Three DX Trends That Can Reduce Complexity in Customer Experience
My favorite definition of Digital Transformation comes from Current Analysis, where they call it a “way of helping companies reduce the complexity of how they interact with their customers.” For most organizations, reducing complexity in customer experience for both external and internal customers is important—happy customers are loyal; they spend more, more often. Likewise, happy employees are more loyal, produce more, and are more innovative. Digital Transformation might not be so relevant now if not for the major technological changes of the last decade: big data and analytics, social (consumer and enterprise), mobility, and the cloud. But in the last year or two, we’re seeing a wave of technologies that are specifically impacting complexity in customer experience within and outside of organizations.
These current trends are redefining how employees interact with each other or with processes, and even how data and processes interact with other data and processes:
- Internet of Things (IoT)
- Artificial Intelligence (AI)
Internet of Things
While not new, the ubiquity and low cost of sensors and connectivity means that it’s time to include IoT in Digital Transformation plans. And IoT need not be limited to sensors—almost anything has connectivity these days (who would’ve thought that a fridge can tweet?). Frost & Sullivan expects the IoT market in ASEAN to reach US$7.53B by 2020. With nearly 200,000 devices connecting to the Internet every day, businesses will need an effective platform to leverage the Internet of Everything and prepare to offer new experiences that may not even be evident today. The technology is already revolutionizing the supply chain to make processes more self-orchestrated.
Despite every year in the last decade being touted as the “year of AI,” we can see a more realistic application of AI technologies in subtle ways: self-driving cars, cancer-detecting cameras, self-learning chatbots. IDC predicts that Asia Pacific (excluding Japan) will see 40% of the Digital Transformation initiatives being supported by AI capabilities by 2020, providing critical on-time insights for new operating and monetization models. The banking sector, unsurprisingly, has quickly taken advantage of AI, especially in areas where it needs to quickly analyze, understand, and respond to vast amounts of big data and deliver a personalized next-gen customer experience.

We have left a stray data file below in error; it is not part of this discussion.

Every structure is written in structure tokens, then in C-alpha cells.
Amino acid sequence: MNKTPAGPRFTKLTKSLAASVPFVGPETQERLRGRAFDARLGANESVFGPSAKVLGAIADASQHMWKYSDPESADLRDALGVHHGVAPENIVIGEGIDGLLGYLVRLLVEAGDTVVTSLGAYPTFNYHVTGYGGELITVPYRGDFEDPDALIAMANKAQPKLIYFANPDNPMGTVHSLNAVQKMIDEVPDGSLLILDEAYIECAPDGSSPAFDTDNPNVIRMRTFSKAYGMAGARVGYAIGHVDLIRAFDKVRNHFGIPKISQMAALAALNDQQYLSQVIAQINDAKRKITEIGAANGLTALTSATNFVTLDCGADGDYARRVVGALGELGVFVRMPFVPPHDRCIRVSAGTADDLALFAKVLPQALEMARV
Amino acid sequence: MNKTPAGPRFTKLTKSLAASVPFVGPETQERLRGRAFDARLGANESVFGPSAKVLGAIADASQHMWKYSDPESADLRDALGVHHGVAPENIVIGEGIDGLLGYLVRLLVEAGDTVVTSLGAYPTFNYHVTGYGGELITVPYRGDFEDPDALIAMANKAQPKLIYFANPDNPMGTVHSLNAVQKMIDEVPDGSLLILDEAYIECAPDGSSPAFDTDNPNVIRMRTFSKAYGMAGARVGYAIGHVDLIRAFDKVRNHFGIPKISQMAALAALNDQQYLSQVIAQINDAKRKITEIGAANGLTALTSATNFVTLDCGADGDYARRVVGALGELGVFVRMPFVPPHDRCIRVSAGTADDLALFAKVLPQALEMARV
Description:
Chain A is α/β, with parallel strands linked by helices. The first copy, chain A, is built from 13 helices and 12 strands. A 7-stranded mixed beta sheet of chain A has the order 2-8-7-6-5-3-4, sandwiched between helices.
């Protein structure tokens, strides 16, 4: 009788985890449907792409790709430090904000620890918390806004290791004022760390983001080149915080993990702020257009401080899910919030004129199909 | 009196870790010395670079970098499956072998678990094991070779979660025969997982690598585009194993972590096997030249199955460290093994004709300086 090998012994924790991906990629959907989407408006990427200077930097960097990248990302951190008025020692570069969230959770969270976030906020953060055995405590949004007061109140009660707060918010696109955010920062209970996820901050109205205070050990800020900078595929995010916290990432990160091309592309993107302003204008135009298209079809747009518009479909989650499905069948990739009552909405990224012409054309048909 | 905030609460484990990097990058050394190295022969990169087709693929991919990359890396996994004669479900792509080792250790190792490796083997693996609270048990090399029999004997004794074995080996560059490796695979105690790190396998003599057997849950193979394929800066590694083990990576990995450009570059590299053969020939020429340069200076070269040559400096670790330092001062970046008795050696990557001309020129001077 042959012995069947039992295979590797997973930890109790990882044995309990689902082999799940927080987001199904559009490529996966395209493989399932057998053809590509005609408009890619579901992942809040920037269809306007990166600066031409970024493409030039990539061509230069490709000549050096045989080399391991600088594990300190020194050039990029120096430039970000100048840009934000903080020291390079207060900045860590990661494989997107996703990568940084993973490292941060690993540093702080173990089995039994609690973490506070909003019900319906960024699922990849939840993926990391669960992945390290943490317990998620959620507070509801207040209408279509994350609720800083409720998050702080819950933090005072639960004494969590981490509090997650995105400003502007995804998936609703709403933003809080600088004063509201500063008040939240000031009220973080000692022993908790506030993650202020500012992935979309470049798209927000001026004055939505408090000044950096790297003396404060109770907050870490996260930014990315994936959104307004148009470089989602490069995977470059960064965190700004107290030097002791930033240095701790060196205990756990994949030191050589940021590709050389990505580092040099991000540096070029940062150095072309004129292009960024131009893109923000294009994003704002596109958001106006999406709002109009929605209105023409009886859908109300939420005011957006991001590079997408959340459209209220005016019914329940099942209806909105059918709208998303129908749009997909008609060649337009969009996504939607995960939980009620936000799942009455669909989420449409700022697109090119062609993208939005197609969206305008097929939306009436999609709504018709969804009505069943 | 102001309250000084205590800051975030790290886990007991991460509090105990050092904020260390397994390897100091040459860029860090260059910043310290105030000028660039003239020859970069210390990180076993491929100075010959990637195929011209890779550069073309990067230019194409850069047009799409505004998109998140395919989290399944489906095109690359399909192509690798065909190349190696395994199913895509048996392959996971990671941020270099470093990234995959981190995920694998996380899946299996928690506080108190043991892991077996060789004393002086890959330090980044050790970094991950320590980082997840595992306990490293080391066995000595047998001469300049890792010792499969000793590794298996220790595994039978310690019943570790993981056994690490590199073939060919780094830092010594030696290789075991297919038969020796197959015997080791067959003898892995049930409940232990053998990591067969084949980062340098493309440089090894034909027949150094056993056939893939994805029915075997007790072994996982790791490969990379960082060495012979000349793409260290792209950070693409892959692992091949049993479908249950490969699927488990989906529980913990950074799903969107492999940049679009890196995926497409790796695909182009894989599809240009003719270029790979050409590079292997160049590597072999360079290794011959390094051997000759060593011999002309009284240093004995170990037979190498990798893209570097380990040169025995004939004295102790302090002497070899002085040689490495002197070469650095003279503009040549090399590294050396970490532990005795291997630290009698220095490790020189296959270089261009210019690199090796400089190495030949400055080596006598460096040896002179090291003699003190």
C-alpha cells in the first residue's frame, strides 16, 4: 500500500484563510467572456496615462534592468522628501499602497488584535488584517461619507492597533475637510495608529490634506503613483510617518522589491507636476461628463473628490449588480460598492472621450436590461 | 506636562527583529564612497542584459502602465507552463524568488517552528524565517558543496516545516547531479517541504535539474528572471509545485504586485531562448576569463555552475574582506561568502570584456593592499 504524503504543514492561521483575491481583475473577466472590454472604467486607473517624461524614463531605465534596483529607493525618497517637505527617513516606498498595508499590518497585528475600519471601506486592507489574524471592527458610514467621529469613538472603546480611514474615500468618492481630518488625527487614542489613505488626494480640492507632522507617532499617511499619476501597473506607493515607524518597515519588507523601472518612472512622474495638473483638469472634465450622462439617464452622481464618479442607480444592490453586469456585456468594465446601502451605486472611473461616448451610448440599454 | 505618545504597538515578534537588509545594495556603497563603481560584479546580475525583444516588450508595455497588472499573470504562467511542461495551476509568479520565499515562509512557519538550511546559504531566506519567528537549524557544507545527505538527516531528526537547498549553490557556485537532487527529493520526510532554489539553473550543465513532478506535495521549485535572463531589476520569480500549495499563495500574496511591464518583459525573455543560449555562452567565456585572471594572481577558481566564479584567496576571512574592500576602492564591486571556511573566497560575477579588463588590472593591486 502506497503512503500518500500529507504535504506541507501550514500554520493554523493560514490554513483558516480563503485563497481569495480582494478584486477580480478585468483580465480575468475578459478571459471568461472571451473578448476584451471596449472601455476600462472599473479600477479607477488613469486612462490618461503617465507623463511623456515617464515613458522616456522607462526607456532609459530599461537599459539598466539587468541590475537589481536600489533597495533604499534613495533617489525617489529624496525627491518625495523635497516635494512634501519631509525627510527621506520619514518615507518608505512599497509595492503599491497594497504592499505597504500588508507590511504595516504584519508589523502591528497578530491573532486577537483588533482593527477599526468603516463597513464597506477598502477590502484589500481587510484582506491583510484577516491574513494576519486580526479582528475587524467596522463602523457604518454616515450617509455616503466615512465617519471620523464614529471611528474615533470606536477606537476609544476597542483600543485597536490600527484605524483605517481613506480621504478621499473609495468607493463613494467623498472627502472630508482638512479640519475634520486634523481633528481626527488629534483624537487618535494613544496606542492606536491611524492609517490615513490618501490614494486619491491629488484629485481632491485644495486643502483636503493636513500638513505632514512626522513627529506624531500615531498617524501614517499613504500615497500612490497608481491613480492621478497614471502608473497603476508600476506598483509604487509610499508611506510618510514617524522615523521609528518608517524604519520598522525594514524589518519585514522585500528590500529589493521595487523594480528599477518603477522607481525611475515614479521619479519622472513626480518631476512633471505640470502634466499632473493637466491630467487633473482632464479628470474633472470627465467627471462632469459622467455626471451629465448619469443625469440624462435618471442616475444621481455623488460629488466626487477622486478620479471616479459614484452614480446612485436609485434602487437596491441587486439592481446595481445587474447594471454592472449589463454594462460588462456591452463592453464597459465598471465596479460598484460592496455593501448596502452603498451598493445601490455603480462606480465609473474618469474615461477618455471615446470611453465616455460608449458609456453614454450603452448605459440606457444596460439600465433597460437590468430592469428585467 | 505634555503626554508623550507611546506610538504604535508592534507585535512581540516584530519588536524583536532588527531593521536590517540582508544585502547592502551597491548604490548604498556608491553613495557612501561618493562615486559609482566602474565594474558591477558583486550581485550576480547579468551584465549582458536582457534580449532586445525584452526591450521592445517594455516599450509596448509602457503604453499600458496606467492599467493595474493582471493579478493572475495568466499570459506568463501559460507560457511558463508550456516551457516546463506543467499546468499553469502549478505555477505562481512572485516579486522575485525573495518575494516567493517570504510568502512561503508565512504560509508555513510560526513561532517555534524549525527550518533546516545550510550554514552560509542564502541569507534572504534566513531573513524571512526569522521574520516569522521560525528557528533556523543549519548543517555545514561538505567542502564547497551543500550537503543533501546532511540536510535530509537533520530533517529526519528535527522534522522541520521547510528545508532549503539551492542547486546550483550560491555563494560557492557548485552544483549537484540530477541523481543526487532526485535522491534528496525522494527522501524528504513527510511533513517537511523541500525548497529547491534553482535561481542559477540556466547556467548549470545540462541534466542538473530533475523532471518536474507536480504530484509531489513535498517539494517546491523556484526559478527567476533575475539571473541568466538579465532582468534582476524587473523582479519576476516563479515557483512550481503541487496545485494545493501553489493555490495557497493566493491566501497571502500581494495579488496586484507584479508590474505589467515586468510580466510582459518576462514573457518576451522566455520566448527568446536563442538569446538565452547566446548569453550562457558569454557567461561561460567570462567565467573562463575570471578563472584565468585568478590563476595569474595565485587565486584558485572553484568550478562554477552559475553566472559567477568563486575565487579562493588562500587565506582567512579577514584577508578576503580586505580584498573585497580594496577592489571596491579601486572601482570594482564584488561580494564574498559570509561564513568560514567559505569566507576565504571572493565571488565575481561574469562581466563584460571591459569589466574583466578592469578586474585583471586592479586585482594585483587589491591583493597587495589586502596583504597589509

When blockchain is mentioned, most people think of banks. To understand why it might be relevant elsewhere, it’s important to understand that in its most basic sense, blockchain is a distributed public ledger. Because it’s public and distributed, it’s ideal to track monetary transactions, enabling non-centralized transfers of money. But that’s not the only thing that needs to be secure. Blockchain can be used to track user authentication, identity management, information integrity—its uses are just being explored, and its relevance to Digital Transformation is only increasing. The Monetary Authority of Singapore (MAS) is already leveraging the technology to conduct inter-bank payments.
Platforms, not Tools
What makes these trends particularly interesting is that they’re still in their infancy. This means that the full effects and uses are yet to be thought up and understood. The next phase is going to bring us new ways of thinking about and applying these technologies, and for that we must be ready. How? By building platforms rather than fixed solutions. Instead of just investing in an AI tool, we should be investing in a platform that can accept any AI tool and apply it to our Digital Transformation initiatives. Platforms will take a more prominent role because they’ll allow organizations to adapt more quickly—and that means a less intense journey to Digital Transformation.